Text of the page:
Valances, which are also called window toppers, are curtains and drapes designed to minimally dress the top of a window, or--maximally--taper down along the sides of the window. Rather than offering privacy, valances add to a room’s decorative elements, conceal basic shades and blinds and bring a finishing touch to long curtains underneath.
Tapered valances come in a multitude of styles, but they all have the same basic characteristics: short fabric that runs along the length of the window and tapers down each side of it half-way to the windowsill. The look is inherently traditional and tailored, but can be made less-so by informal fabric choices. The most common tapered valance is constructed by pinching sections of fabric together into pleats. The resulting look is a fabric that hangs with soft ripples across the top and down the sides. As similar look is the pocket tapered valance, which uses double the fabric of a pleated valance to achieve a fuller look. A rod is inserted into a pocket sewn into the top of the curtain, and the fabric is tightly gathered into place. A more modern tapered valance is the box-pleat taper. Box pleats incorporate a single inverted pleat so the fabric lays flat. Its taper angles on a straight line, rather than curving softly.
Swags are one of the more versatile window toppers, ranging from a piece of fabric artfully entwined with a curtain rod, to custom made sections of fabrics draped and overlaid on one another. What classifies a swag as a valance is that it’s about form over function--swags decorate the window frame rather than provide privacy. A swag can easily extend to the floor along the sides of the window simply by using a long enough piece of fabric. What’s more, the longer the fabric, the more it can be draped and overlapped across the rod. They’re often used on larger windows that require more draping, resulting in a more dramatic look. Traditional-style swags are often finished with pom-pom trim or tassels. Standard-sized window swags have five parts: the center curve flanked by two smaller curves and two jabots, or the fabric that hangs along the sides of the window. Because the curtain rod is partially exposed, it’s part of the overall look.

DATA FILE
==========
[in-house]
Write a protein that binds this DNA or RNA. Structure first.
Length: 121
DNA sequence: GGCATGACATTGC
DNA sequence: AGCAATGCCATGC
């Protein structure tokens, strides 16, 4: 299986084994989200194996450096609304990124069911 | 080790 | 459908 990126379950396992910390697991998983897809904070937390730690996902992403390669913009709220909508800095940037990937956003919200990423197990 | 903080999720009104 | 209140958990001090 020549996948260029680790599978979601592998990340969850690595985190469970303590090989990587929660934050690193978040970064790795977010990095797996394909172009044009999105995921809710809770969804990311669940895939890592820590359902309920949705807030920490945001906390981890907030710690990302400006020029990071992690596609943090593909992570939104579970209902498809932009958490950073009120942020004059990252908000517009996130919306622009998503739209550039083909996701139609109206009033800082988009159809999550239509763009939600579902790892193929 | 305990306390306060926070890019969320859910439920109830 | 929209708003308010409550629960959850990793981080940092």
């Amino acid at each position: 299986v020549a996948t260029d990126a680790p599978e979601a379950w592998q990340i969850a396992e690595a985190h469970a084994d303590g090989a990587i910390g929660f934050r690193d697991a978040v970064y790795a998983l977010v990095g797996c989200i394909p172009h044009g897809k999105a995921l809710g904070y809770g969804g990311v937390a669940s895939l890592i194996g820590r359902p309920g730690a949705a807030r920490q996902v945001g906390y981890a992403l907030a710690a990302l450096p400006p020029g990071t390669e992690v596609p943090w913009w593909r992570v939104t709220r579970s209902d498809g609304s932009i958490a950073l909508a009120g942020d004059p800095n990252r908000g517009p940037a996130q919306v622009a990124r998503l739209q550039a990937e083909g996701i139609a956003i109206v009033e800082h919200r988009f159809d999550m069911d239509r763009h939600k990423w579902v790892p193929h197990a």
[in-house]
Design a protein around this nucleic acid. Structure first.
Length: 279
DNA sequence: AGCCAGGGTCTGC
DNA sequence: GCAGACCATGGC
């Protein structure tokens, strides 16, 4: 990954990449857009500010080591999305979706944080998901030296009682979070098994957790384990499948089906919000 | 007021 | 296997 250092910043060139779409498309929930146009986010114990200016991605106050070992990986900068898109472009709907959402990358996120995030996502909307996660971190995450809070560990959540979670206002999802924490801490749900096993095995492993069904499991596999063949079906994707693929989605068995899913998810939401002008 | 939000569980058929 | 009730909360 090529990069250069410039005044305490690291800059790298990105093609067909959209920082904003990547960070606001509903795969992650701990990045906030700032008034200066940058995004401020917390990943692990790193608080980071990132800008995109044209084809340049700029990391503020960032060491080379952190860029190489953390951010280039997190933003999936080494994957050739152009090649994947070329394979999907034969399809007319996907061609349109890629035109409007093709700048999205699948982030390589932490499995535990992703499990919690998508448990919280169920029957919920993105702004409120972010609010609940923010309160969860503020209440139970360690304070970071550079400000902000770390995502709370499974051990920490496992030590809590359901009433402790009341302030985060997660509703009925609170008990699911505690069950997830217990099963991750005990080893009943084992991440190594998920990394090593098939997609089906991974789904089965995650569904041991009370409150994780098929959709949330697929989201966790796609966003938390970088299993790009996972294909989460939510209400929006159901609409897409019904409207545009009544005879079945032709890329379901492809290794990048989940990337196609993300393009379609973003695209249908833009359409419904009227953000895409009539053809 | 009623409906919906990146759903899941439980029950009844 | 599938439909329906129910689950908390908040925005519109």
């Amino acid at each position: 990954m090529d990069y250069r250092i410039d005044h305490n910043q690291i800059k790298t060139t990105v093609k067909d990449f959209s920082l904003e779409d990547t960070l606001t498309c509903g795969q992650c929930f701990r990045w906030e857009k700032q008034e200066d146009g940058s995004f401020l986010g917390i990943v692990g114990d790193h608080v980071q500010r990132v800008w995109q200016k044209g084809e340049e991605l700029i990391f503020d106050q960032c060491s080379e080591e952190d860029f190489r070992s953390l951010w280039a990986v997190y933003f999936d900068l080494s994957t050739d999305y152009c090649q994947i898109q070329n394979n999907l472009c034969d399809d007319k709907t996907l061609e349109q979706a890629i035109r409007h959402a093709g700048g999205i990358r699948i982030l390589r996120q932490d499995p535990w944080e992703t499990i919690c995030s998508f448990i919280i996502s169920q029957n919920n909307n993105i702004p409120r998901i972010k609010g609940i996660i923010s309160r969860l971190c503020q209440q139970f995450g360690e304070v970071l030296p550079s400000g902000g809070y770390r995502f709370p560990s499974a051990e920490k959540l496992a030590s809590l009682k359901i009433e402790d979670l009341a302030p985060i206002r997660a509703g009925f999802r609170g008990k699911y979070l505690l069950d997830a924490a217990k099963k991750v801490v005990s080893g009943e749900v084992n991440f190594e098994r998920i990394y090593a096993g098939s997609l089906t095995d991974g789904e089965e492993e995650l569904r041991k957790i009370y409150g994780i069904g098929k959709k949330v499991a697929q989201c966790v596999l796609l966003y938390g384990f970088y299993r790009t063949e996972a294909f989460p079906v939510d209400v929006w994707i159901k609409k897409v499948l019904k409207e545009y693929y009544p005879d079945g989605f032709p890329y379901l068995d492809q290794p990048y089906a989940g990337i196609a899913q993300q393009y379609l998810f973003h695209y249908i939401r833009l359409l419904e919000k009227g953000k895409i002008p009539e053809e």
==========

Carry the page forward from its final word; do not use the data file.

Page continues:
Pleated valances are one of the most often used window toppers in decorating. They’re traditional and come in a wide variety of styles, including the pleated taper valance. Other pleated valances include pleated balloon valances, single pinch-pleat valances and box-pleat valances. Box-pleat valances are the most modern of the three, characterized by straight, tailored lines from edge to edge. Because box pleats are inverted, the front of the drape is flat and the pleat sits behind the fabric, showing only a slit on the facing side. Single-pinch pleat valances have a series of pleats sewn across the top. The pleats fall open along the drape and look like soft ripples. Single-pinch pleats are sewn about an inch apart, resulting in a full-looking valance. Pleated balloon valances have minimal pleating along the top of the drape. A standard-size window may have three to five pleats. Rather than falling straight or in ripples, the fabric balloons out between the pleats.
- “Complete Book of Window Treatments and Curtains”; Carol Parks; 1994
- “Tauton Home Window Treatment Idea Book”; Sue Sampson and Ellen DeLucia; 2006
- Photo Credit detail of curtain image by Tomo Jesenicnik from Fotolia.com
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